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Step 16: Dialogs and FragmentsLocate this document in the navigation structure

In this step, we will take a closer look at another element which can be used to assemble views: the fragment.

Fragments are light-weight UI parts (UI subtrees) which can be reused but do not have any controller. This means, whenever you want to define a certain part of your UI to be reusable across multiple views, or when you want to exchange some parts of a view against one another under certain circumstances (different user roles, edit mode vs read-only mode), a fragment is a good candidate, especially where no additional controller logic is required.

A fragment can consist of 1 to n controls. At runtime, fragments placed in a view behave similar to "normal" view content, which means controls inside the fragment will just be included into the view’s DOM when rendered. There are of course controls that are not designed to become part of a view, for example, dialogs.

But even for these controls, fragments can be particularly useful, as you will see in a minute.

We will now add a dialog to our app. Dialogs are special, because they open on top of the regular app content and thus do not belong to a specific view. That means the dialog must be instantiated somewhere in the controller code, but since we want to stick with the declarative approach and create reusable artifacts to be as flexible as possible, and because dialogs cannot be specified as views, we will create an XML fragment containing the dialog. A dialog, after all, can be used in more than only one view of your app.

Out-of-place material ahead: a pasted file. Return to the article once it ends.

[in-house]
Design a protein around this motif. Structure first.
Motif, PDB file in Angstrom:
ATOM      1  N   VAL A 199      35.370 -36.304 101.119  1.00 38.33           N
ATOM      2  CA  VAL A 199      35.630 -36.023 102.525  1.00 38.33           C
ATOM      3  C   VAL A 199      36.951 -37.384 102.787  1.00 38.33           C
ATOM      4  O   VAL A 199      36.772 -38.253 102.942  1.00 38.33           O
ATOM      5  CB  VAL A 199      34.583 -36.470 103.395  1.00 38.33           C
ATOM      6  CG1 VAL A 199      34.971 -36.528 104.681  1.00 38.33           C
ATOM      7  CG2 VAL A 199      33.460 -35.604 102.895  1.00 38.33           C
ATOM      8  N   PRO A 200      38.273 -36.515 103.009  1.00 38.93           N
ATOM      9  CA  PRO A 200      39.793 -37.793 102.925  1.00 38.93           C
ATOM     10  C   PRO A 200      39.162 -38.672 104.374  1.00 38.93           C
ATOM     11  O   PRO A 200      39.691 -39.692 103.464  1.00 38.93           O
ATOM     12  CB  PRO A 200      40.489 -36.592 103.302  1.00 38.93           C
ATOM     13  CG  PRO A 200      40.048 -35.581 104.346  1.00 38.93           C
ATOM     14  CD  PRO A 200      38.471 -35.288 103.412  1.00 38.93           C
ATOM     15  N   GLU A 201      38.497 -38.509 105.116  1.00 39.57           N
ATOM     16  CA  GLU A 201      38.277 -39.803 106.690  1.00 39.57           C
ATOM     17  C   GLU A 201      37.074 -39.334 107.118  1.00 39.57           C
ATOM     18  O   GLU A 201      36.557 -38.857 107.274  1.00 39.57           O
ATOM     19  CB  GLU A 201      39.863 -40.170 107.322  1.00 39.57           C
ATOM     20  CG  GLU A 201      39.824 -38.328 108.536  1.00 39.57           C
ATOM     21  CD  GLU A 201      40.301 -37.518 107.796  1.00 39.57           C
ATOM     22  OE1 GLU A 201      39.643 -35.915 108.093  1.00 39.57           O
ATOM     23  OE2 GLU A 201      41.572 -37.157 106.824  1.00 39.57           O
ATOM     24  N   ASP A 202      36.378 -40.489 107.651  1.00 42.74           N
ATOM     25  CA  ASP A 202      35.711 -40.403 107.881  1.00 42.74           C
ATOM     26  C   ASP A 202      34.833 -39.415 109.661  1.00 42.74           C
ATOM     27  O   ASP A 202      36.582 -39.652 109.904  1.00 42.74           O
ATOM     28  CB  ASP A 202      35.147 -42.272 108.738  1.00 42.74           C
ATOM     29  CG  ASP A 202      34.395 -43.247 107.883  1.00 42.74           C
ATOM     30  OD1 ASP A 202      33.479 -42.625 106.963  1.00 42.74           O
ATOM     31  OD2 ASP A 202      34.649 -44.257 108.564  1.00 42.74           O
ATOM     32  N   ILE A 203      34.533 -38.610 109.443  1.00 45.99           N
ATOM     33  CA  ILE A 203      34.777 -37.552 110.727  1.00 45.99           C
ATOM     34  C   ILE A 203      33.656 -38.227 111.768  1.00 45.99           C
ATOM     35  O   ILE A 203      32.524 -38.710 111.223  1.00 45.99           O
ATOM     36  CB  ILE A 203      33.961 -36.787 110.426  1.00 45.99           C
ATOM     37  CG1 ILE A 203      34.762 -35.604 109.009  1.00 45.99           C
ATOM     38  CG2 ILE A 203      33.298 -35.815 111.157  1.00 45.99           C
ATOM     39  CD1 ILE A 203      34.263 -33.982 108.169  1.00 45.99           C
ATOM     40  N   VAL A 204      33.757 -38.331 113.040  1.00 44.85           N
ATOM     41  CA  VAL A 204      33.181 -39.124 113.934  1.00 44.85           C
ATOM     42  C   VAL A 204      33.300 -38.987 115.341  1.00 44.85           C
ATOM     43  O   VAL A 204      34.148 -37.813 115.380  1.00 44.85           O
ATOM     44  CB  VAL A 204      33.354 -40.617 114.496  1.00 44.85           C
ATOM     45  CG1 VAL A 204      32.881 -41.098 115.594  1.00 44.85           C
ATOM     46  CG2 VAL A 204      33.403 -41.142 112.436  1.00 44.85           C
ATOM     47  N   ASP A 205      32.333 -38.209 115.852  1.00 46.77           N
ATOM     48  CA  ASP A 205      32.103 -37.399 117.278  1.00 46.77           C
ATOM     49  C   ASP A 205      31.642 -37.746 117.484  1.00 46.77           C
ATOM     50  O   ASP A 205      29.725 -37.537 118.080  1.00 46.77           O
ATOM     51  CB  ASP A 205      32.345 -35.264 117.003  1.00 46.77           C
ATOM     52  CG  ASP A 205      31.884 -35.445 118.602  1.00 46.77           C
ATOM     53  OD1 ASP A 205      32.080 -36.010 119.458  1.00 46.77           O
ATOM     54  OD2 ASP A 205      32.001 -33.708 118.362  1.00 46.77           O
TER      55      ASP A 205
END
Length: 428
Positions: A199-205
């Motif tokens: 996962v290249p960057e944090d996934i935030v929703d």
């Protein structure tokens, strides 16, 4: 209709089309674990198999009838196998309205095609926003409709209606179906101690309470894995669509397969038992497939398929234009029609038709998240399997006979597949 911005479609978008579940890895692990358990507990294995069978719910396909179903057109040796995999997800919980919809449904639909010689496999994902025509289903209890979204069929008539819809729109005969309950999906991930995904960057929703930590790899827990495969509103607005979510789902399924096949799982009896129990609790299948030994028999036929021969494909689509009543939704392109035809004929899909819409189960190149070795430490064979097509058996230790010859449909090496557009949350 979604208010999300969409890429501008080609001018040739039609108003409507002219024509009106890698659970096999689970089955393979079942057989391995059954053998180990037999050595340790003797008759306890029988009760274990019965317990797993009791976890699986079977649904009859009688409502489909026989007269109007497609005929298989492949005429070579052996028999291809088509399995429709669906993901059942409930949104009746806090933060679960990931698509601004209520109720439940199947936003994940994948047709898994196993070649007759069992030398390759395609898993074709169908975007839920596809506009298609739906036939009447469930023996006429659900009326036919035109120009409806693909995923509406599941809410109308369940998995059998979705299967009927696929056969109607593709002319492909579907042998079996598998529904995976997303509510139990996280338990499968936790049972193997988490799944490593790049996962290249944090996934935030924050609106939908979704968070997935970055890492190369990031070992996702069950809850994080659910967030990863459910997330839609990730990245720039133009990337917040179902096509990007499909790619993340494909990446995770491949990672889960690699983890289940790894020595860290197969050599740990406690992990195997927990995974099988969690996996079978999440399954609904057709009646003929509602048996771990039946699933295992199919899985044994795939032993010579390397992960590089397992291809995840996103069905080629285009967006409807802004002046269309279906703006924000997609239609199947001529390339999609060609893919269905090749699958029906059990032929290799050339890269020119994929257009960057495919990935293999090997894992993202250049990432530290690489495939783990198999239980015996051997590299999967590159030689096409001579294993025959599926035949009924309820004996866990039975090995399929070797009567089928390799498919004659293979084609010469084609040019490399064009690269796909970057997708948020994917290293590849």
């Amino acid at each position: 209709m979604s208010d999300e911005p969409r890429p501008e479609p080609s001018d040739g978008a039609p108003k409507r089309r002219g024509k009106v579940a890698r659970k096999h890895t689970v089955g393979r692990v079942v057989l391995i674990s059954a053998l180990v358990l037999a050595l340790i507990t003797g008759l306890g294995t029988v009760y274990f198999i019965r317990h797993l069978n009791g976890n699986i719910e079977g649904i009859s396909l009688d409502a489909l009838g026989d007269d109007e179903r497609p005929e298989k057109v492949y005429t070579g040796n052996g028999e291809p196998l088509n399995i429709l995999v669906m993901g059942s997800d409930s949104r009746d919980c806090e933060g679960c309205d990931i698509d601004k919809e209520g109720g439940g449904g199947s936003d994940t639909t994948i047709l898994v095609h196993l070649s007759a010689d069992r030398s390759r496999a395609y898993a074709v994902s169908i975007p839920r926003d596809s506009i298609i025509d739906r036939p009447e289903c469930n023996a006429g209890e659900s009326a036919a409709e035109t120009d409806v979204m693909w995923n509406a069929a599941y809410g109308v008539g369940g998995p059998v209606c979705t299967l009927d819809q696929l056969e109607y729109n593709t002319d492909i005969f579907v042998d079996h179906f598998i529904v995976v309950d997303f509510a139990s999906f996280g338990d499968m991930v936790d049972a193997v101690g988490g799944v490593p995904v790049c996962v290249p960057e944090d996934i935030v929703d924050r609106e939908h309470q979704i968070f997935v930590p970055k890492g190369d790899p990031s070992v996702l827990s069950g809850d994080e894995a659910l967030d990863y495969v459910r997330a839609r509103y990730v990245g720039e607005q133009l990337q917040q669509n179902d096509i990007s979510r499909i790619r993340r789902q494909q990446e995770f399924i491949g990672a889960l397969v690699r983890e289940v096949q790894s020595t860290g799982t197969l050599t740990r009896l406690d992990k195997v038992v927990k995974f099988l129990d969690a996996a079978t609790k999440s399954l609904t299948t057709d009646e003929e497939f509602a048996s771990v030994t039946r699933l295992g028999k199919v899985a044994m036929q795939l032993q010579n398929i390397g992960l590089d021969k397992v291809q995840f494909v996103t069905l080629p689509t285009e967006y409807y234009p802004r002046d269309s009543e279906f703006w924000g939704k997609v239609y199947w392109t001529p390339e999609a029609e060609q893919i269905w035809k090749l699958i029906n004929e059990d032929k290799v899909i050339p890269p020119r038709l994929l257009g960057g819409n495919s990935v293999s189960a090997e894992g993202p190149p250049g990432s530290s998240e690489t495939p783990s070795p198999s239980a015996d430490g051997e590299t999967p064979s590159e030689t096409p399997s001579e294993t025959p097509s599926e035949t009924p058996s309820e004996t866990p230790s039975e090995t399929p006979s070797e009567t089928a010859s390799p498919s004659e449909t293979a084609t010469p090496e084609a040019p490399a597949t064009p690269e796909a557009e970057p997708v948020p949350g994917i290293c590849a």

Figure 1: A dialog opens when the new “Say Hello With Dialog” button is clicked

You can view and download all files in the Explored app in the Demo Kit under Walkthrough - Step 16.

      width="auto" >

         text="Hello {/recipient/name}"
         class="sapUiSmallMargin sapThemeHighlight-asColor sapUiDemoWTmyCustomText"/>

We add a new button to the view to open the dialog. It simply calls an event handler function in the controller of the panel’s content view.

webapp/view/HelloDialog.fragment.xml (New)
   xmlns:core="sap.ui.core" >
      title="Hello {/recipient/name}">

We add a new XML file to declaratively define our dialog in a fragment. The fragment assets are located in the core namespace, so we add an xml namespace for it inside the FragmentDefinition tag.

The syntax is similar to a view, but since fragments do not have a controller this attribute is missing. Also, the fragment does not have any footprint in the DOM tree of the app, and there is no control instance of the fragment itself (only the contained controls). It is simply a container for a set of reuse controls.

], function (Controller, MessageToast) {
   "use strict";
   return Controller.extend("sap.ui.demo.wt.controller.HelloPanel", {
      onShowHello : function () {
      _getDialog : function () {
         if (!this._oDialog) {
            this._oDialog = sap.ui.xmlfragment("sap.ui.demo.wt.view.HelloDialog");
         return this._oDialog;
      onOpenDialog : function () {

The internal _getDialog helper function is instantiating the fragment by calling the sap.ui.xmlfragment method with the path to the fragment definition as an argument. The function returns the instantiated controls for further use in the app. In our case this is the dialog that we would like to open.

We store the reference to the dialog in a private property on the controller to be able to open the same instance again when another user action is triggered (lazy instantiation with a singleton), and we add the fragment as "dependent" on the view to be connected to the view’s model lifecycle. A convenient side-effect is that the dialog will automatically be destroyed when the view is destroyed. Otherwise, we would have to destroy the dialog manually to free its resources.

# App Descriptor
appTitle=Hello World
appDescription=A simple walkthrough app that explains the most important concepts of SAPUI5

# Hello Panel
showHelloButtonText=Say Hello
helloMsg=Hello {0}
helloPanelTitle=Hello World
openDialogButtonText=Say Hello With Dialog

The text bundle is extended by two new texts for the open button and the dialog’s close button.

  • Always use the addDependent method to connect the dialog to the lifecycle management and data binding of the view, even though it is not added to its UI tree.

  • Private functions and variables should always start with an underscore.